‘Peninsula’ is a Disappointing Sequel to Train to Busan

While entertaining, Peninsula feels like an entirely different type of movie than the first film and that's not always a good thing. The zombies are still great and terrifying but Peninsula feels more like it was meant to be an action film to appeal to the west

Anyone who saw Train to Busan in 2016 (or any time after), was very excited to hear about a sequel to that film. The first film not only had zombies that made the fast zombies from Dawn of the Dead seem like amateurs but there was also a tight, emotional story about survival wrapped in the action. Unfortunately the sequel, Peninsula, leans more into being about action and CGI than being a more grounded, emotional story. 

There is definitely an entertaining film here. The zombies are just as terrifying as they were in the original. Feral, contortionist, fast zombies are a fear of everyone and Peninsula doesn't disappoint in that aspect. There's a scene on a boat where an infected is discovered and it's creepy and brutal and terrifying. Had Peninsula kept with that setting,  it would probably have rivaled Train to Busan. Unfortunately that was not the decision made.

Where Peninsula comes up short is the story. This film takes place four years after the first film and sets up the Korean peninsula as being completely isolated from the rest of the world. Apparently the rest of the world was able to contain the virus/infection while leaving South Korea (particularly Busan) completely abandoned to the infected. A compelling story might have really focused on those left behind to survive for 4 years against the zombie hordes, but instead this film focuses on Jung Seok sneaking back into Busan with his brother-in-law in order to smuggle a truck loaded with cash back out for some seedy individuals. The film tries to reconcile this plot with a lukewarm explanation about how Korean survivors of the outbreak living in Hong Kong are treated as second class citizens and that Jung Seok and his brother are desperate to find a way to get out of their current situation. What follows is then a mash up of several other movies from Tokyo Drift to Mad Max to any number of dystopian zombie movies. There's a young girl who probably should be in the next Fast and Furious movie who drifts around corners and runs over zombies (because apparently Toyotos are built to run over zombies with no actual damage to the car). There's also a cadre of ex-military (I think they're ex-military) soldiers that were left behind who now hunt down survivors and pit them against zombies. It's all just convoluted and honestly doesn't feel like Train to Busan at all.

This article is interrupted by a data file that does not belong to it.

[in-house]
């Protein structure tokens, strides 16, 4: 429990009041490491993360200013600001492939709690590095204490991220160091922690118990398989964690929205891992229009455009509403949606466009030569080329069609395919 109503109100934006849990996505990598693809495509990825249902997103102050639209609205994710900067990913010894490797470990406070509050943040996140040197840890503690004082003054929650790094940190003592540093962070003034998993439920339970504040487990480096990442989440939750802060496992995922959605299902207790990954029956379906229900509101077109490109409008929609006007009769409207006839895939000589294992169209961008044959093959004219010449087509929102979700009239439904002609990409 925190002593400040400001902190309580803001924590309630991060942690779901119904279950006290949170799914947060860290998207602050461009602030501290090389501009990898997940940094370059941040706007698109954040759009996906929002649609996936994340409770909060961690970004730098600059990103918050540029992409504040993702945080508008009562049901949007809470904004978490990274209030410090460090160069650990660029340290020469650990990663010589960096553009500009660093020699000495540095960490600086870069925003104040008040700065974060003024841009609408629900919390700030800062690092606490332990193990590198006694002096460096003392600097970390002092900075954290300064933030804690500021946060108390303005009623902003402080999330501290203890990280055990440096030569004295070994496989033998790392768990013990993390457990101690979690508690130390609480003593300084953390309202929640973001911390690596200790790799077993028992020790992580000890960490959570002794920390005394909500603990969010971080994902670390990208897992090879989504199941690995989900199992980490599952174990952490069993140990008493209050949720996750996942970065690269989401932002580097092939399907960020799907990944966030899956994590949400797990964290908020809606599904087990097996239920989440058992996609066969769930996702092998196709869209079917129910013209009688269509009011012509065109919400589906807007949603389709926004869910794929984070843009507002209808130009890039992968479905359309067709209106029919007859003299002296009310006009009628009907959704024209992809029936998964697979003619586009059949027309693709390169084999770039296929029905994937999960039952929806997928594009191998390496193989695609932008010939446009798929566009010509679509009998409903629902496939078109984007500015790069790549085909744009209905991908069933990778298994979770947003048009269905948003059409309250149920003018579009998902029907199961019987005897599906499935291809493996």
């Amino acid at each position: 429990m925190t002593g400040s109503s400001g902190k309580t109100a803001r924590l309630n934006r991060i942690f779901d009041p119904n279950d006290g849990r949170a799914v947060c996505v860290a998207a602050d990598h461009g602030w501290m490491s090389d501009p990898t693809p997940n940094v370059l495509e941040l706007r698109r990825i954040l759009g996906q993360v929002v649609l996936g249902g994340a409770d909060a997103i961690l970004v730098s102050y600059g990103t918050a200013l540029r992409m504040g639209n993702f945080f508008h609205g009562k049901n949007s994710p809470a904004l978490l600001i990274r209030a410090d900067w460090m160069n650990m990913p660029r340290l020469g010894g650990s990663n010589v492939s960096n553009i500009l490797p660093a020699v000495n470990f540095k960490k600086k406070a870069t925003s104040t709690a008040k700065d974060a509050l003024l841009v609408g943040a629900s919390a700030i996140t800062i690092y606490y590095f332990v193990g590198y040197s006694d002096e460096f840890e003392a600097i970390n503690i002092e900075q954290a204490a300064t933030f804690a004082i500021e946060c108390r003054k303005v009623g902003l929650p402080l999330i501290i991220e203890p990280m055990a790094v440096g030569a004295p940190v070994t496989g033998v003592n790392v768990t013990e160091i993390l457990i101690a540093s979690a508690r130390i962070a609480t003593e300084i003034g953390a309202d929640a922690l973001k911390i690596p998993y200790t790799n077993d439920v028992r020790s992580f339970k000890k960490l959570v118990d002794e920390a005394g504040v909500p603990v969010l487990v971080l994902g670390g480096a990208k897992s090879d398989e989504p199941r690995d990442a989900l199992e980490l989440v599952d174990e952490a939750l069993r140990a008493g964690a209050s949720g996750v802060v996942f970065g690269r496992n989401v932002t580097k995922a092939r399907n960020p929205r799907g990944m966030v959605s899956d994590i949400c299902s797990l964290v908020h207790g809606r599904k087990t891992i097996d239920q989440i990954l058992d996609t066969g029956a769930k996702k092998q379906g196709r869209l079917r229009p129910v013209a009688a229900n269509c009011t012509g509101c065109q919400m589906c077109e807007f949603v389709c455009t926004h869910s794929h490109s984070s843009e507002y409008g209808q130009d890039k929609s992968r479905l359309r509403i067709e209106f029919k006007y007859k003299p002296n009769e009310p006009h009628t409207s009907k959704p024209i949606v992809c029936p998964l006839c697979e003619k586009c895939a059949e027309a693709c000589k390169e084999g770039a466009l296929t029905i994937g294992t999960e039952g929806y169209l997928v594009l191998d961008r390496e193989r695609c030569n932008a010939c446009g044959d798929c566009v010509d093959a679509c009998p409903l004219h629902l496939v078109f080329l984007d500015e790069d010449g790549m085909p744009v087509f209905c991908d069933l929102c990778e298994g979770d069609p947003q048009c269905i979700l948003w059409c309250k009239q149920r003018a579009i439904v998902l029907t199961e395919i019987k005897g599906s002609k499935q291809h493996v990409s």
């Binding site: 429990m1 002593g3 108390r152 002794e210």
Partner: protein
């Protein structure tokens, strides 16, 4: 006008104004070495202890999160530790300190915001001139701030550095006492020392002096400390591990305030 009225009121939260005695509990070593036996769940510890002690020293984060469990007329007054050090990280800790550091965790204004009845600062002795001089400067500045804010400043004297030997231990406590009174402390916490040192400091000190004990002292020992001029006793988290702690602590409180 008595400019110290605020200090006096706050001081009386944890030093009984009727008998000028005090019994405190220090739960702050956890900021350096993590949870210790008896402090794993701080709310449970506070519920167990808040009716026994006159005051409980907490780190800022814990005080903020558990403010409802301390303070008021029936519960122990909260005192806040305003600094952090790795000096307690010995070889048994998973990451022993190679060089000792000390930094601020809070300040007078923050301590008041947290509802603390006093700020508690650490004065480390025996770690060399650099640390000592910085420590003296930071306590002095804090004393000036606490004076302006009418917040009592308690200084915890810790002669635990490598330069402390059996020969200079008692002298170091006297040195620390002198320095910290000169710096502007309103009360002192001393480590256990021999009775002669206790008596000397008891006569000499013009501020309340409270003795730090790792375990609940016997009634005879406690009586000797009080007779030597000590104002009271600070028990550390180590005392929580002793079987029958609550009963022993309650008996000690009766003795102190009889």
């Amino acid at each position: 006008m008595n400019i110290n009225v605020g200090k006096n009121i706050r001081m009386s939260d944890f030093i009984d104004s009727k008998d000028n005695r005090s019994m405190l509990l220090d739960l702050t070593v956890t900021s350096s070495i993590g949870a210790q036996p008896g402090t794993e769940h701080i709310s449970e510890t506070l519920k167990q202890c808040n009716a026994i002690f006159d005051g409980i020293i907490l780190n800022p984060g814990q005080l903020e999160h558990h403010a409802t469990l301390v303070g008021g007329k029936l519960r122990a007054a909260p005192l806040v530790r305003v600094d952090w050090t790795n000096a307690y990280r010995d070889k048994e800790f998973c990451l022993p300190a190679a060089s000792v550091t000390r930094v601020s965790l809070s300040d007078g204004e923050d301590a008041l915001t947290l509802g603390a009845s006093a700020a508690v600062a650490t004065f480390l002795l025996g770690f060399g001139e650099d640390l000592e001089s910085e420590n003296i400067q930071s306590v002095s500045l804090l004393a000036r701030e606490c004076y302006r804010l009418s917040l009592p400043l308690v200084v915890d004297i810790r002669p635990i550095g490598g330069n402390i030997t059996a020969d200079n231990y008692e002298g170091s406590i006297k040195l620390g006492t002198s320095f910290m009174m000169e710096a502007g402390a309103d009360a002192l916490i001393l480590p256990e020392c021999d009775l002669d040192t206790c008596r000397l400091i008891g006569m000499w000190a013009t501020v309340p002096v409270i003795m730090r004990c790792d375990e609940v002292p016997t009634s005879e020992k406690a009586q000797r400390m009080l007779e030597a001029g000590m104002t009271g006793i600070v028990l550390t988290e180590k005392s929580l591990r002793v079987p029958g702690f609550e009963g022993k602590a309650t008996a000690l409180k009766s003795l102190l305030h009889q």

No one can deny that Train to Busan Presents Peninsula is entertaining. It's just a bit disappointing if you were expecting the same quality and impact as Train to Busan. This sequel is sadly easily forgettable. 

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Charles (Kriss)

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